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Parents at a rally protest Common Core. File photo by Erika Karp

By Andrea Paldy

After six years of controversy surrounding the adoption and implementation of Common Core and standardized tests associated with it, the New York State Education Department released a new draft of learning standards Sept. 21.

The proposed changes come as the department attempts to respond to ongoing criticism, while maintaining its stated goal of rigor and higher standards for students. The result could mean significant change to both English language arts (ELA) and math learning standards and a greater emphasis on communication with parents, students and educators.

Kevin Scanlon, assistant superintendent for educational services for Three Village said it’s too early to tell whether any of the changes will be fully implemented.

“So far it just seems to be cosmetic pieces,” Scanlon said at the meeting. “However, we need to delve a little further into it to see what potential impact it may have.”

He also said Three Village is providing feedback on the possible changes and will continue to work with the SED.

In a press release announcing the proposed adjustments, the state’s education department said its aim is to ensure that the new standards and their implementation are age-appropriate, particularly in primary grades. The new guidelines also propose additional teacher resources, guidance and professional development.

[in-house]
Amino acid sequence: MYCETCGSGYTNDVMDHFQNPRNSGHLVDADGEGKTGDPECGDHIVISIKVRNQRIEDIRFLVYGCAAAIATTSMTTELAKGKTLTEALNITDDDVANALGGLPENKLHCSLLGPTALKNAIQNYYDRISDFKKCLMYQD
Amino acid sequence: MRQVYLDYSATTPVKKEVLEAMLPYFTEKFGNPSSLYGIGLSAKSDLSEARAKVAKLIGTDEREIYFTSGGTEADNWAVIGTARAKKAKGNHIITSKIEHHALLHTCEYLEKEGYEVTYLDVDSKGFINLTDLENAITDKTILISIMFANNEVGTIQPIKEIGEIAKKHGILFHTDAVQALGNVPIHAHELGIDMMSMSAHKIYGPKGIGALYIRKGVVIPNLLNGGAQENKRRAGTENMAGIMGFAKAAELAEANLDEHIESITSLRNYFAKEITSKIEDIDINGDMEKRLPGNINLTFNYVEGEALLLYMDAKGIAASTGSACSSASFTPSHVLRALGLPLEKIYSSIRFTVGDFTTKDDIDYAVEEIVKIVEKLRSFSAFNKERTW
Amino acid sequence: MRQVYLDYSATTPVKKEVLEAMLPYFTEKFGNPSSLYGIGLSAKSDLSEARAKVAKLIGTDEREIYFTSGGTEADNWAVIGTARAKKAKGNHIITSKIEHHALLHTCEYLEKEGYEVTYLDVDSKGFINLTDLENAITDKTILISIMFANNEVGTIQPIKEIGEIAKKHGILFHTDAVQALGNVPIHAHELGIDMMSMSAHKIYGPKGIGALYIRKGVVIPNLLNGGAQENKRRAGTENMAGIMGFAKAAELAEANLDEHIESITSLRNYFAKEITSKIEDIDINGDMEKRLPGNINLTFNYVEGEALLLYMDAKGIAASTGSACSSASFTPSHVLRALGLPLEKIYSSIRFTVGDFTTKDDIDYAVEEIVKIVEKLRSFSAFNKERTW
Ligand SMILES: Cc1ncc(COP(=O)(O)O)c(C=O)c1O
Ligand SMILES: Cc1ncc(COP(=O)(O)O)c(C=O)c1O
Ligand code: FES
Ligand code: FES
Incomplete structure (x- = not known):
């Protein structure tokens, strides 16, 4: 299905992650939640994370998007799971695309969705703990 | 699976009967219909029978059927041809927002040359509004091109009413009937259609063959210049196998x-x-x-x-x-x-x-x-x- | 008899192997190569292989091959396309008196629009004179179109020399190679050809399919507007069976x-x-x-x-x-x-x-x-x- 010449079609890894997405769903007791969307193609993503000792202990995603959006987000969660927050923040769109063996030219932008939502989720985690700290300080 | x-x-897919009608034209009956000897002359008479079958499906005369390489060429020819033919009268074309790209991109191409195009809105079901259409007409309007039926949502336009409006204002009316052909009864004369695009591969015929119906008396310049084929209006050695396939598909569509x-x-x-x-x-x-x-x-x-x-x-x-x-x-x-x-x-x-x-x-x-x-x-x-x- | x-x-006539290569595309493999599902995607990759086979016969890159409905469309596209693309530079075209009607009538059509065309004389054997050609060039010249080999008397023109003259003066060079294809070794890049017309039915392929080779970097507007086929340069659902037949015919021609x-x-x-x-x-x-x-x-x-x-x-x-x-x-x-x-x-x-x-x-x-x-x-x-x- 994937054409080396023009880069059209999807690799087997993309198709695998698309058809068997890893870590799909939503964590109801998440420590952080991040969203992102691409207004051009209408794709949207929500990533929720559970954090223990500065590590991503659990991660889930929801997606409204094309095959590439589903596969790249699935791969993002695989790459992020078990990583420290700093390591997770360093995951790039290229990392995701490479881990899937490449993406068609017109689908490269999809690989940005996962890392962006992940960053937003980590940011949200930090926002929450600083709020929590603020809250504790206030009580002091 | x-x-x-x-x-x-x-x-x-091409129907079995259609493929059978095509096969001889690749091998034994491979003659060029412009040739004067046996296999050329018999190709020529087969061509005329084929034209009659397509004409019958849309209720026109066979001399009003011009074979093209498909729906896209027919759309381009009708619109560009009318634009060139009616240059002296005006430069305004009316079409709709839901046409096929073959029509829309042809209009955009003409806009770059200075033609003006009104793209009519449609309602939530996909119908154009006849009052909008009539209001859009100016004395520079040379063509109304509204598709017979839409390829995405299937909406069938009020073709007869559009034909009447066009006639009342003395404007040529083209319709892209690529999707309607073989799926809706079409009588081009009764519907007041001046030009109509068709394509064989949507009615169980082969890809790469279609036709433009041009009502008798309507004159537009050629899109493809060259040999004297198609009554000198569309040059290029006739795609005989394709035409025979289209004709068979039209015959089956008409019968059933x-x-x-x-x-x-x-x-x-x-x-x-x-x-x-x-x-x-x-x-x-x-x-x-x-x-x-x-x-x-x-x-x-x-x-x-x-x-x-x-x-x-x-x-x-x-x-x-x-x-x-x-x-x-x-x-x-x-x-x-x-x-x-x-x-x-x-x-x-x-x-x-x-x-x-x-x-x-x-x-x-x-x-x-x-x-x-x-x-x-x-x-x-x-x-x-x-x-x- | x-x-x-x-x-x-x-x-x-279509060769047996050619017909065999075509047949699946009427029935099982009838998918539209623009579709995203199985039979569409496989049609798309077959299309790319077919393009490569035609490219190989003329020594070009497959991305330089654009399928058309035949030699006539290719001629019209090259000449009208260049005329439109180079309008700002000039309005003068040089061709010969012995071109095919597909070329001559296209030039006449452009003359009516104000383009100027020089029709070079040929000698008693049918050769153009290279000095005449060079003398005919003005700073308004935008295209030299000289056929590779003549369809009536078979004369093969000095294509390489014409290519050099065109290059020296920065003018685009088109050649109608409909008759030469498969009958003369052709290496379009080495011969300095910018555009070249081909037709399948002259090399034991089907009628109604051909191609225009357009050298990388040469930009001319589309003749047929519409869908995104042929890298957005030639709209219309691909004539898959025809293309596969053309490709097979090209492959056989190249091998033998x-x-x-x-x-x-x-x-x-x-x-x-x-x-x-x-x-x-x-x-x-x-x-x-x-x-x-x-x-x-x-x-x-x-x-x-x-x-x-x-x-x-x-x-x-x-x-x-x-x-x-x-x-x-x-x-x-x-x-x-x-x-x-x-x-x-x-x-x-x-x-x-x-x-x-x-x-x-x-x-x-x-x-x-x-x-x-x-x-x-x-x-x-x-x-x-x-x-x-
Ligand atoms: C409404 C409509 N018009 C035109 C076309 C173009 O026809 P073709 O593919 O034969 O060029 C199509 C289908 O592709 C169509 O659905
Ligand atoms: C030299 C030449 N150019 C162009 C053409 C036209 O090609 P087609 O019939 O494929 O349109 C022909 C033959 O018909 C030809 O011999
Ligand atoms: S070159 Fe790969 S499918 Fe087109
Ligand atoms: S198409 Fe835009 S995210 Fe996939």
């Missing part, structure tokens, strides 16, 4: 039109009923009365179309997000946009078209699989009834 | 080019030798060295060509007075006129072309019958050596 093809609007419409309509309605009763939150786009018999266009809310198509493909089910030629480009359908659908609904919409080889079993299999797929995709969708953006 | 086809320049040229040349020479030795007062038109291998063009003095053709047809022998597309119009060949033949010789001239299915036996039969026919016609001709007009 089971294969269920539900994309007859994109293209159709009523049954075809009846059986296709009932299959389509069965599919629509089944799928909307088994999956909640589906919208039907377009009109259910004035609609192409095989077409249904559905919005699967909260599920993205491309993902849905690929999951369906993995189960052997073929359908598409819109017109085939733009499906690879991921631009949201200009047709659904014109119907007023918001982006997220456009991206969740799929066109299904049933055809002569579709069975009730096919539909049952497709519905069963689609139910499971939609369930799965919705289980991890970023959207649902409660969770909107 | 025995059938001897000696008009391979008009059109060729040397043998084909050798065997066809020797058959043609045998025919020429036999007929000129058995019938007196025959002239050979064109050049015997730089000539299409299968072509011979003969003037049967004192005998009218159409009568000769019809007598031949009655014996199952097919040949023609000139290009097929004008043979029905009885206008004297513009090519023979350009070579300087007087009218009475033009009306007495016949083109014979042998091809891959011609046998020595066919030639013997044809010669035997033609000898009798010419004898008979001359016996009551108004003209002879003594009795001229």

“These changes reflect what I have heard from parents, teachers and administrators over the past year in my travels across the state,” Education Commissioner MaryEllen Elia said in a prepared statement.

The draft committees, made up of more than 130 teachers, administrators, parents and college educators, volunteered from all regions of the state. They represent the “Big Five” districts — New York City, Buffalo, Rochester, Syracuse and Yonkers — as well as urban, suburban and rural districts throughout the state, Elia said. These committees are suggesting that glossaries be used to explain the value and expectations of the education department’s learning standards to all stakeholders.